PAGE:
Global markets ended on a positive note in February. Despite tepid economic data-points and continued withdrawal of monetary stimulus, the US markets inched up on Fed's comments that it would maintain its soft interest rates policy well past the level of 6.5% unemployment. Economic data was weak largely as a consequence of inclement weather. Indian equities also ended higher but underperformed the US and European benchmarks.
On the domestic front, IIP continued to stagnate. While the CPI and WPI inflation declined in January, the manufacturing (core) inflation remained resilient and even inched upwards. Unless manufacturing inflation reverses its upmove, the RBI may not go for a rate cut when it meets next, we opine. On the external front, the trade deficit narrowed to $9.9bn in January 2014, helped by a sharp drop in imports and a modest rise in exports. The FM presented the interim budget which, by convention, was bereft of any major initiatives, save for excise duty reductions in Auto and Capital Goods.
The scenario in US, Europe and Japan is expected to remain benign whereas, Chinese economy may start reviving after sluggish growth in past few months. On the monetary policy front, RBI may be on an extended hold. Russia / Ukraine are the concern areas, though.
Markets will continue to closely watch the developments on the political front. Markets are betting on formation of stable government, which could put the infrastructure and industrial sector back on track. This will provide higher visibility to cyclical / investment-oriented sectors and will also give an upward bias to the current valuations of 14.5-15x consensus FY15 earnings, we believe. Over the medium-to-long term, initiatives to revitalize infrastructure investment, anchor inflationary expectations and control the ballooning subsidies, will be important pre-requisites for the markets to move up sustainably.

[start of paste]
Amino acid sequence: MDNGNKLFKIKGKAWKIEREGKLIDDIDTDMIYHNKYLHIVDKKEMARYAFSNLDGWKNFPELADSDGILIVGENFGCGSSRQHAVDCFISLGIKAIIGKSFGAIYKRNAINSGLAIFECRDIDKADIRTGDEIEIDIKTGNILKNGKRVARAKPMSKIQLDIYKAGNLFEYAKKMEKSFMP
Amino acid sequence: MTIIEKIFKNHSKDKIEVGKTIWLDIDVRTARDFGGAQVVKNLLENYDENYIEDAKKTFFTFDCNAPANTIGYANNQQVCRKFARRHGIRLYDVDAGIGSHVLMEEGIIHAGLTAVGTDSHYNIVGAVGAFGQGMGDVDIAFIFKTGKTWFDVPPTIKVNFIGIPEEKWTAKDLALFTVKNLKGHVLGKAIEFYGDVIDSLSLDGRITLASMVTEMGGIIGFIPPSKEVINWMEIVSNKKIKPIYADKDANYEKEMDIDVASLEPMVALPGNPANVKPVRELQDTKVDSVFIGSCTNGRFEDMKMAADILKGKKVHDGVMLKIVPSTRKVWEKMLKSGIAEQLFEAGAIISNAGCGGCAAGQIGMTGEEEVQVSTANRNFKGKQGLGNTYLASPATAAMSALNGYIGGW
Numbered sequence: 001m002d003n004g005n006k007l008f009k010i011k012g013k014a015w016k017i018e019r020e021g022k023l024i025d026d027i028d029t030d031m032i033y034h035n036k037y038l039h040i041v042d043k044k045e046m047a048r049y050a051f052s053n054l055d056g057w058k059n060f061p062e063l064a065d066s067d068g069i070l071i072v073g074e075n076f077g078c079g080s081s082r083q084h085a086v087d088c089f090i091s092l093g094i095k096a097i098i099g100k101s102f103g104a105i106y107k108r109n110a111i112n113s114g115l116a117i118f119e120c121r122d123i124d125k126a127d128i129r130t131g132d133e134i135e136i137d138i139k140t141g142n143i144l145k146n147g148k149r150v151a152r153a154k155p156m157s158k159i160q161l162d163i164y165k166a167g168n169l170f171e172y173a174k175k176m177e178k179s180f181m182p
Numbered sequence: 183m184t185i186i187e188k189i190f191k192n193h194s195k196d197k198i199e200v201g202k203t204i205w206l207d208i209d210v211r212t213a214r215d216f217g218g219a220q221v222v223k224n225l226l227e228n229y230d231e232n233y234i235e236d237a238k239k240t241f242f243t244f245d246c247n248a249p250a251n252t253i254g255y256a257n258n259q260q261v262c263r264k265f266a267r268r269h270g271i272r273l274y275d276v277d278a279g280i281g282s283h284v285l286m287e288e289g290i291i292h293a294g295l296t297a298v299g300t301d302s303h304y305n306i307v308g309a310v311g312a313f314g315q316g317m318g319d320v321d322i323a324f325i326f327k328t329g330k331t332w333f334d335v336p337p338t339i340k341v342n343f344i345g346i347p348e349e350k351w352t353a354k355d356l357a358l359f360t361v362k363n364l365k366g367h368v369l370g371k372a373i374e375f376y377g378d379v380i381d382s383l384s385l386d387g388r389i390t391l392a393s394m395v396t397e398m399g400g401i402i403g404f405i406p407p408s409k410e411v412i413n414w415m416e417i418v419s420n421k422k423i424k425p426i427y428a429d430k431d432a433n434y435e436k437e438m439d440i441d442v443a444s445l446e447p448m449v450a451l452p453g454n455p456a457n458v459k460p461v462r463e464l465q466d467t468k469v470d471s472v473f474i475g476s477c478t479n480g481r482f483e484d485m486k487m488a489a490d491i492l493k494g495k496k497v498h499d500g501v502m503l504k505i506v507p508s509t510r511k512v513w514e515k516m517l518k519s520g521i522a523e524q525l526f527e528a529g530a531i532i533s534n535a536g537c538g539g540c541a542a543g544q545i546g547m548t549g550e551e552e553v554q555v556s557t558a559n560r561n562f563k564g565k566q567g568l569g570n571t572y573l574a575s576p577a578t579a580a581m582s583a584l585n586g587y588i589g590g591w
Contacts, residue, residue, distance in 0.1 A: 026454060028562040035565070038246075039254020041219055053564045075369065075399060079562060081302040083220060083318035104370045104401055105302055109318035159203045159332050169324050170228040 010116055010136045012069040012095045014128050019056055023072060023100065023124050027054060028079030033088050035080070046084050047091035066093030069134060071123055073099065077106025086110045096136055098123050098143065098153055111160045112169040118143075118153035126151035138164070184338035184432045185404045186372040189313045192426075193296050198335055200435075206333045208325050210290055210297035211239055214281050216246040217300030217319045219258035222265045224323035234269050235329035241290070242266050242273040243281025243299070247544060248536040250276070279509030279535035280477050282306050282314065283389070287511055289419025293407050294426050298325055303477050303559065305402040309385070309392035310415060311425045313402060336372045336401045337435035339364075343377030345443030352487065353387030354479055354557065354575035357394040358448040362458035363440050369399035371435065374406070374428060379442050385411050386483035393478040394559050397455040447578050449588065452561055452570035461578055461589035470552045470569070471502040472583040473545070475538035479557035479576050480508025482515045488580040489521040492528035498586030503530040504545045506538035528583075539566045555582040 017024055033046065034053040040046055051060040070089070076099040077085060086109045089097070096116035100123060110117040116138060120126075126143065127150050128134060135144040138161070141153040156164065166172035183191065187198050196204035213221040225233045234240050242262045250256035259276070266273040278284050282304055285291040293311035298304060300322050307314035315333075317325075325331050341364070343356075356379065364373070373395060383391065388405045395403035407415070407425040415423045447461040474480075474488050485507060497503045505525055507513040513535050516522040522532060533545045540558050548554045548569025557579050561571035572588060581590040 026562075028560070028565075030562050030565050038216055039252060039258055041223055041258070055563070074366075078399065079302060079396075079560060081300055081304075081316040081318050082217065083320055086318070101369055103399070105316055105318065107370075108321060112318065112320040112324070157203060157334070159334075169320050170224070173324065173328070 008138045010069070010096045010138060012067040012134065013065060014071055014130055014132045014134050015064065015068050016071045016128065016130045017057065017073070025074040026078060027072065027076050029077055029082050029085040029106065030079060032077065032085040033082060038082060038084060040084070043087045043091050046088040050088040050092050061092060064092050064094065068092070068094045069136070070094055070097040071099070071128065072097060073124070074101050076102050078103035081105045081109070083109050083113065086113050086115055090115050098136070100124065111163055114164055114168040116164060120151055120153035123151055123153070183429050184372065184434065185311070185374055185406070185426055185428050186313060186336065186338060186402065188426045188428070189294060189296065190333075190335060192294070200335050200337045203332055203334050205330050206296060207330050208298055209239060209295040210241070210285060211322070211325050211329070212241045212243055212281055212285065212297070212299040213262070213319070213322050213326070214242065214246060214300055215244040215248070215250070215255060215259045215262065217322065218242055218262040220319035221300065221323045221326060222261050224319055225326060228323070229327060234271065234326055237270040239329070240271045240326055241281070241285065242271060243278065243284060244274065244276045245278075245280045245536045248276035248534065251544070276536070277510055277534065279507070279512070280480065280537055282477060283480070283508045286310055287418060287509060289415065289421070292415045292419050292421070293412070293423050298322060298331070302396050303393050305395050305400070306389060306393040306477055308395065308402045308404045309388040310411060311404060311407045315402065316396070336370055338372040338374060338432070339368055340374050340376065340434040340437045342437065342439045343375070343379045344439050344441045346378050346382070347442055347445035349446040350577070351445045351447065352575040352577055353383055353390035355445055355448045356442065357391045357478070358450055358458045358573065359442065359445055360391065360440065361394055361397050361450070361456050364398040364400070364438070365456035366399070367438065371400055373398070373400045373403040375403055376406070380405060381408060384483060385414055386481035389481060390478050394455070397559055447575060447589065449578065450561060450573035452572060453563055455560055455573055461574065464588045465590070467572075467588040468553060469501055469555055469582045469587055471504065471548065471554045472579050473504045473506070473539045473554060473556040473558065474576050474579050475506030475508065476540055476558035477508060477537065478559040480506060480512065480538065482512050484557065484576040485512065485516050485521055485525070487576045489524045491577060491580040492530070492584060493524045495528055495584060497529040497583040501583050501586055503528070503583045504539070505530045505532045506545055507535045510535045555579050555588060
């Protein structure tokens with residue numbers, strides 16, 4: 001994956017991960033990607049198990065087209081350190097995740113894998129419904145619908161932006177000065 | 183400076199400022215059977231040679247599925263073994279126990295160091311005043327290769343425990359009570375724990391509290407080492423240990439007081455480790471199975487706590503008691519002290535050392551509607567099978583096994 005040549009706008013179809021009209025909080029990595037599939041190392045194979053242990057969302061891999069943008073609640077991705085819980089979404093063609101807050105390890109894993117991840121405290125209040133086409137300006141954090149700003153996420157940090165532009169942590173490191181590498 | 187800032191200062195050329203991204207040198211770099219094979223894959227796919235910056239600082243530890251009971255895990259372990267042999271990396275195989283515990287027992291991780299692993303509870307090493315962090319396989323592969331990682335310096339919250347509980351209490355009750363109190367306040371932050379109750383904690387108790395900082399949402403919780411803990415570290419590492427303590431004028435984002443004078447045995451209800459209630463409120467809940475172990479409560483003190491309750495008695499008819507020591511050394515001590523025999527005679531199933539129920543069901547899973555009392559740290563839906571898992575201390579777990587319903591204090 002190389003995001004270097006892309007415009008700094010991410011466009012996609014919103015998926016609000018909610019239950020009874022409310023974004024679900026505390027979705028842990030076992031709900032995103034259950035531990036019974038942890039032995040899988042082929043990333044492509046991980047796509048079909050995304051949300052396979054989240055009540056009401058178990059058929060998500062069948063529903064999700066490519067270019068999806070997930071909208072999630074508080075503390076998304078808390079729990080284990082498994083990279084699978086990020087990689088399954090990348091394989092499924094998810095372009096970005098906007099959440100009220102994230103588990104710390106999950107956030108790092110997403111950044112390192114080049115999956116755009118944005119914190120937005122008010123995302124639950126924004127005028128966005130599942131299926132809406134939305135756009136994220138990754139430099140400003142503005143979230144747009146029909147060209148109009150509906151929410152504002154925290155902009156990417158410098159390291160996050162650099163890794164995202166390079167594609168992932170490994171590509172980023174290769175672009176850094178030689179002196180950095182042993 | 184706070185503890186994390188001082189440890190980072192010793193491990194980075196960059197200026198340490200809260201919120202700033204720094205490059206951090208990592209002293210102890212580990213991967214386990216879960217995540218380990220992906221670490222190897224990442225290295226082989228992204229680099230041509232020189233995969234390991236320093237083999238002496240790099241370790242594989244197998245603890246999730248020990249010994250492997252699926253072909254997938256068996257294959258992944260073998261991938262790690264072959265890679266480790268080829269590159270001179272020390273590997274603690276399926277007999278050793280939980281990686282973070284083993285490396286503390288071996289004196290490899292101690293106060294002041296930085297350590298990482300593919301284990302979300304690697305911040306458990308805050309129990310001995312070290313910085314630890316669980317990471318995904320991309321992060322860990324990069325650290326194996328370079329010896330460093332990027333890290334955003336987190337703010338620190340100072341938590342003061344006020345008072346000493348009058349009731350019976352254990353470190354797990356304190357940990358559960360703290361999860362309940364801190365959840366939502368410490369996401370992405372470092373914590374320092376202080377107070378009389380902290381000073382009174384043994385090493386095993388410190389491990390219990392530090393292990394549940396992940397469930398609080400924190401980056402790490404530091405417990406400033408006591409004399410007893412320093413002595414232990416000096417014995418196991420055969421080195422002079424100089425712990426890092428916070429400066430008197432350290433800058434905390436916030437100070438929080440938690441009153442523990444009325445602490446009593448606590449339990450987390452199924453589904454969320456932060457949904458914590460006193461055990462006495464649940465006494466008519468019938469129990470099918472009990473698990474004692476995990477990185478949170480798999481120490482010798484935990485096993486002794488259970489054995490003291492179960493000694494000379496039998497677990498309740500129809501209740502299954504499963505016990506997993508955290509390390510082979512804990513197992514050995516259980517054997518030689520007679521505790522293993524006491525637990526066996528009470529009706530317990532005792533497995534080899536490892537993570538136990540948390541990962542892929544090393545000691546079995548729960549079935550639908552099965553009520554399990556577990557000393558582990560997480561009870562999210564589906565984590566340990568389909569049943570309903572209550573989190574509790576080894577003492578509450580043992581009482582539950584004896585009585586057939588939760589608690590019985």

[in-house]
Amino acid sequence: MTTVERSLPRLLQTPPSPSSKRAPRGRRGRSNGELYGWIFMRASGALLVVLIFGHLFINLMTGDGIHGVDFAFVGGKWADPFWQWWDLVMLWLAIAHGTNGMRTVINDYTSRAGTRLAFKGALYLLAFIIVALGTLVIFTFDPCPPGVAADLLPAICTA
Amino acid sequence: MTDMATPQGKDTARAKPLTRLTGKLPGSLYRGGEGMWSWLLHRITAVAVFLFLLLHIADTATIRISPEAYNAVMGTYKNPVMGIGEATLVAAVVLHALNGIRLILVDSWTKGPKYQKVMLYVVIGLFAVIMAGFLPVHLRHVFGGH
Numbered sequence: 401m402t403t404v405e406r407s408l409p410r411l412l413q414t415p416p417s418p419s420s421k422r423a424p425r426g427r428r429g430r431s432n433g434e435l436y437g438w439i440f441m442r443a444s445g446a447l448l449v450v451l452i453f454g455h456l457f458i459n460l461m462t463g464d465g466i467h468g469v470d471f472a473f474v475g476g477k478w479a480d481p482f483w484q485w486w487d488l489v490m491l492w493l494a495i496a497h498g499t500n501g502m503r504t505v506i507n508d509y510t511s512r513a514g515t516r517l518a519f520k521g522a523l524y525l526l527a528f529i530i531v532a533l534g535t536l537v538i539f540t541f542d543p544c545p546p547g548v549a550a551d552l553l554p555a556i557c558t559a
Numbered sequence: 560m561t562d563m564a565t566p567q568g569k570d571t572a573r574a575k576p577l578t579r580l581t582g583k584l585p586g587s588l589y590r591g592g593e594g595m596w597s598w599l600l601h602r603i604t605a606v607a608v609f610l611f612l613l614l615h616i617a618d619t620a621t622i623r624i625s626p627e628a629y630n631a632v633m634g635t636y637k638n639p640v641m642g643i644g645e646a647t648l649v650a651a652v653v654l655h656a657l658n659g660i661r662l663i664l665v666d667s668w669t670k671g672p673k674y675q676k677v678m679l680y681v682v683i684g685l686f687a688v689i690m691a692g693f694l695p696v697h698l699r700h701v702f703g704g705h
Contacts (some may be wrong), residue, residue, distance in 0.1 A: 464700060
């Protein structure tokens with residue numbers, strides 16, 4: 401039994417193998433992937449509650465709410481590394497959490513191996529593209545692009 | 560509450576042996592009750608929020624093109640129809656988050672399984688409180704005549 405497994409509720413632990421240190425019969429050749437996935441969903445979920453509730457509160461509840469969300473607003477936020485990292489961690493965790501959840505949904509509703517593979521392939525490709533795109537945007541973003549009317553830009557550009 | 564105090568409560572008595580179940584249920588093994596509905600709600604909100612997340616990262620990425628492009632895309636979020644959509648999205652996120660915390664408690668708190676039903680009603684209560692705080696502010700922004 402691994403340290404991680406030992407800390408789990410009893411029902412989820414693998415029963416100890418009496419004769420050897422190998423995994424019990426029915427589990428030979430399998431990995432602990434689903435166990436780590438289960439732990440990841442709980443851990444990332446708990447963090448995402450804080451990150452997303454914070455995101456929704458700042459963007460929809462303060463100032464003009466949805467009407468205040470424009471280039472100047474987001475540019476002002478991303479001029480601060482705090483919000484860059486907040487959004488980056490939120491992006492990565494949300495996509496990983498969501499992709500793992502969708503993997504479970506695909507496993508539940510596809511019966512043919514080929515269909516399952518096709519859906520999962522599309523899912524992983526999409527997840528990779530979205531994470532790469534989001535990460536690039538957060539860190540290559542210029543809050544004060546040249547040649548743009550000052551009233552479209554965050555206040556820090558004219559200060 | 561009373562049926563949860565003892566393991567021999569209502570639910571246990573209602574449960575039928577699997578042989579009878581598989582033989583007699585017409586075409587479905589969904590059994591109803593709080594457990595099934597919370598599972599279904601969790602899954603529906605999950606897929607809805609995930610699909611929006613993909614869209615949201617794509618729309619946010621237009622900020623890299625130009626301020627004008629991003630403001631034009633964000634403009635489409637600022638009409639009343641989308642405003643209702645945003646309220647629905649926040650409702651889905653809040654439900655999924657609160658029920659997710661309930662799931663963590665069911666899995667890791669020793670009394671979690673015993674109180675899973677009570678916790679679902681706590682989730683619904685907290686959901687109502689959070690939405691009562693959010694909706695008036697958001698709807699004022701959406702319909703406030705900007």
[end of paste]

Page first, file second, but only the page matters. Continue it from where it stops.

We continue to recommend a selective and balanced approach towards sectors. We do like select stocks in sectors like IT, media and private sector banks. However, we also recommend investing in stocks having strong balance sheets and ethical managements in beaten-down 'domestically-oriented' and 'investment-led' sectors. A favorable political outcome will lead to out-performance from these sectors / stocks vis-a-vis the markets.
Key risks to our recommendation are political uncertainty, geo-political concerns globally (Russia/Ukraine), decline in foreign inflows, sharp currency depreciation and spike in oil prices.
By Dipen Shah, Head- Private Client Group Research, Kotak Securities